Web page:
After months of public discussion about the city's jobs-housing ratio, it is quite possible that the City Council may take an entirely different direction than the public on Tuesday.
The Council is moving forward with two things that have some residents concerned: a "precise plan" for the San Antonio area projecting three times as many jobs created as homes, and a push to redevelop the city's Moffett Gateway site where the favored developer, Broadrech Capital, wants to add to the city's already long list of office developments with a 146,000-square-foot office building with space for about 1,000 employees, along with a new hotel.
According to a city staff report, Broadreach is the chosen finalist over three other developers in the running, two which had proposed only hotel use on the site. Hotel use also appeared to be the be most lucrative option for the city, given the substantial hotel tax revenues expected. The council's only discussion on the deal so far was held behind closed doors, so the reasoning is for going with Broadreach is unclear.
Lenny Siegel, of the Campaign for Balanced Mountain View, says the San Antonio shopping center area is "undeniably suited" for housing, but on Tuesday the council is set to discuss a San Antonio precise plan that would allow developers to add 879,000 square feet of office space to the San Antonio shopping center area, which is space for 4,395 to 5,860 jobs, calculated at 150 to 200 square feet per employee. Meanwhile, the plan would allow the construction of 1,575 homes. This is especially concerning to housing advocates because, according to 2012 general plan documents, most new housing in the city built by 2030 is expected to go in the San Antonio area or on El Camino Real.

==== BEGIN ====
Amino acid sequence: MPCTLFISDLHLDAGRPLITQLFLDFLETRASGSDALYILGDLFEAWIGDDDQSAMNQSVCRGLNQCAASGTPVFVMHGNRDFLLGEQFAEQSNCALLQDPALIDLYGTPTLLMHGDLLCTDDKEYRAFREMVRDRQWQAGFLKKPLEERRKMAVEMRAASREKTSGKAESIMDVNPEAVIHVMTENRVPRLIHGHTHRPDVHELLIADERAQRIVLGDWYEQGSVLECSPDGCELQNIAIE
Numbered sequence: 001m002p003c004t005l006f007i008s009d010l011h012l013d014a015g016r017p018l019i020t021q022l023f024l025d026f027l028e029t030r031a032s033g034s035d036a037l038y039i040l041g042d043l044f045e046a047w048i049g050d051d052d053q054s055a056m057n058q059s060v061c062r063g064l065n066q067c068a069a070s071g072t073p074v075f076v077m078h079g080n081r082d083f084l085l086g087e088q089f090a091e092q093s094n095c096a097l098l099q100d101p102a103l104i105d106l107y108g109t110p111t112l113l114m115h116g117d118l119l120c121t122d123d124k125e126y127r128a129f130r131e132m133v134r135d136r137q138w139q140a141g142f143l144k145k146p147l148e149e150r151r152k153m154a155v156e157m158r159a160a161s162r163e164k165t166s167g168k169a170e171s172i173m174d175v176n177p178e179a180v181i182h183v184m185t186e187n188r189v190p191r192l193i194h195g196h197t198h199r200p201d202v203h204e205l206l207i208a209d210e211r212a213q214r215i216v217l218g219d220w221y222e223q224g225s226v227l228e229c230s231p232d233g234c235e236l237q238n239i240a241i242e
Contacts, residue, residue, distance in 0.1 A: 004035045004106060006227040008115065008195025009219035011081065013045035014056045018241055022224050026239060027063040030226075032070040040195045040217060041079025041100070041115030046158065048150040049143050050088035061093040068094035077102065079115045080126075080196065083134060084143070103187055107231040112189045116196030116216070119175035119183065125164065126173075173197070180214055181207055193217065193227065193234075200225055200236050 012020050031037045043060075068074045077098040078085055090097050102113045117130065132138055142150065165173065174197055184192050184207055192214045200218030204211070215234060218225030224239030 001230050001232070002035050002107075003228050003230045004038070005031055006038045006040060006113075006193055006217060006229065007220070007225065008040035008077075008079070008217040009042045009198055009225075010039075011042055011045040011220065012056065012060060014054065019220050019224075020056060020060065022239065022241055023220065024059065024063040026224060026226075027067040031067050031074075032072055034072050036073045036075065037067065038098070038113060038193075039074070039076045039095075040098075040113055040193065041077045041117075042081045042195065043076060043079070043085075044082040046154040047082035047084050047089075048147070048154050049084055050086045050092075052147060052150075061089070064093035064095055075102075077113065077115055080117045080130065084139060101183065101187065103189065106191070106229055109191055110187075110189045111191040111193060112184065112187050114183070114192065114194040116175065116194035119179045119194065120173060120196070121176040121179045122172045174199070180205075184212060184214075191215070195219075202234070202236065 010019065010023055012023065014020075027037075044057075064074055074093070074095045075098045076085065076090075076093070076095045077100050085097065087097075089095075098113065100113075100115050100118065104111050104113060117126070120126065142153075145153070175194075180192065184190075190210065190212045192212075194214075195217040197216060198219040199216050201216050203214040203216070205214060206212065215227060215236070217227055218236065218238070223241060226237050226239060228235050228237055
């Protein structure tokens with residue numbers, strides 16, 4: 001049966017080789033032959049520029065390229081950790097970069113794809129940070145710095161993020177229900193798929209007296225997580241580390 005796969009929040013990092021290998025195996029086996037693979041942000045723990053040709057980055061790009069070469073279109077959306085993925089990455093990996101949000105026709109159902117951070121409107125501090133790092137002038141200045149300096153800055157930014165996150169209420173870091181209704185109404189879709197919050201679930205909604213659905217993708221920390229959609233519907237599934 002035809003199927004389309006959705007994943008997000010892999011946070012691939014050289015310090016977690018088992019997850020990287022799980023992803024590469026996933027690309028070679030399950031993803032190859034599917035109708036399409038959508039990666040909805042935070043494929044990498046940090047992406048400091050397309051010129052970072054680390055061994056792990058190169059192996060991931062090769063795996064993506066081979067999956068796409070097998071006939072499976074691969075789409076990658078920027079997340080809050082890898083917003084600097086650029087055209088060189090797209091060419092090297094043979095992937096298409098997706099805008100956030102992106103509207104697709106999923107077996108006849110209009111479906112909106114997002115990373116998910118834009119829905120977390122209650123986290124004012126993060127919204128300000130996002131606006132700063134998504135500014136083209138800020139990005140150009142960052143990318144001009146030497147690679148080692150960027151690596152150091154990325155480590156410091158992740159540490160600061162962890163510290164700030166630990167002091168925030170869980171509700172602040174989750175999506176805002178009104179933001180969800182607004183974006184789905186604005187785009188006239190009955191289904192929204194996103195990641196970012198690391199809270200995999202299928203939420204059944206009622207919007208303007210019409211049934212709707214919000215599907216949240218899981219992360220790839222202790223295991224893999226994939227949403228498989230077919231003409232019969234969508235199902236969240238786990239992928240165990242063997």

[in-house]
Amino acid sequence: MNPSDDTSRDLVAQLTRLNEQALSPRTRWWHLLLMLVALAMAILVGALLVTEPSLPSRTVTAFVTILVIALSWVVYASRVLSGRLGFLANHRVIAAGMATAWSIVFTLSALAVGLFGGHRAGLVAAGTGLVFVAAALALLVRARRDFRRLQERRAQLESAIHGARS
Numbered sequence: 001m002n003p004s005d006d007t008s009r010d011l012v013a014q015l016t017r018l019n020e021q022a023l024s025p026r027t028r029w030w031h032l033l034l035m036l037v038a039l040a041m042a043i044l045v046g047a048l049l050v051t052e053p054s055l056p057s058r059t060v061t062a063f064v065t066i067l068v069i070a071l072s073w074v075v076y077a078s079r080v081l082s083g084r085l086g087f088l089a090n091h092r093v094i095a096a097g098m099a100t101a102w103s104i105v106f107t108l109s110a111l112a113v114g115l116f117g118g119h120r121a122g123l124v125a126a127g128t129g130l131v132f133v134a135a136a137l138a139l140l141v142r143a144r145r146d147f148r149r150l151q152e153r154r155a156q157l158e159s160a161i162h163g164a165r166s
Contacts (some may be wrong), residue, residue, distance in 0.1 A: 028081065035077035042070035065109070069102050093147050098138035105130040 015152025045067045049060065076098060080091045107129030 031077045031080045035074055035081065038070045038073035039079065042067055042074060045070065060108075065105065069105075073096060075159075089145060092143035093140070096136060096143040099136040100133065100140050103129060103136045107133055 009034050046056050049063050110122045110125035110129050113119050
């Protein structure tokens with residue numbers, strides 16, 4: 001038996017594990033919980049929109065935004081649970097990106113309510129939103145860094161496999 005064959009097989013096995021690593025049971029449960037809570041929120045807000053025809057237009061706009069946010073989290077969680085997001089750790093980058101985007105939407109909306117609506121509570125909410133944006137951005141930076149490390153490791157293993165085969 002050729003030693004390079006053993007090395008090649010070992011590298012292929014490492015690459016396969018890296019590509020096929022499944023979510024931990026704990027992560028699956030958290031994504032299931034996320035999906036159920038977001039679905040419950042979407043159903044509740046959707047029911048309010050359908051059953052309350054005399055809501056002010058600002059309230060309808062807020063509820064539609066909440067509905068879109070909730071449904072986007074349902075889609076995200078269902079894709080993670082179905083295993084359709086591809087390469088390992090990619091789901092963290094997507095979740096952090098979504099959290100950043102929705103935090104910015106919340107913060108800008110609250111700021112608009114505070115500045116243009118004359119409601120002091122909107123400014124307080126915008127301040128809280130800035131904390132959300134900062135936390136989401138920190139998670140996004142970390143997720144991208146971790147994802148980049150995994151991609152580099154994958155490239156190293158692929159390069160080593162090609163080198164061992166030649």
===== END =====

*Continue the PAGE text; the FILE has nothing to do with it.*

While he watched the Environmental Planning Commission meeting on June 18, Siegel said it was clear "that the public is turning on the issue of the jobs-housing balance and thus far the council majority and (city) staff haven't caught up with that. I'm worried that they will make decisions now that are either irreversible or will cause significant delays as we clean up their mess." That could include not having more housing studied as an option in the precise plan's environmental impact report, he said.
On June 18 there was unanimous support on the planning commission for replacing office space with housing in Merlone Geier's proposal for San Antonio Shopping Center, and for delaying the project until the precise plan could be completed, which is set for December. If the council follows suit, it would avoid a referendum on the project promised by the Campaign for a Balanced Mountain View.
The planning commission includes three City Council candidates, Lisa Matichak, Ellen Kamei and Margaret Capriles. They are among a field of nine candidates that will vie in November's election for three open seats now occupied by council members who have been the most consistent opponents to housing growth in Mountain View.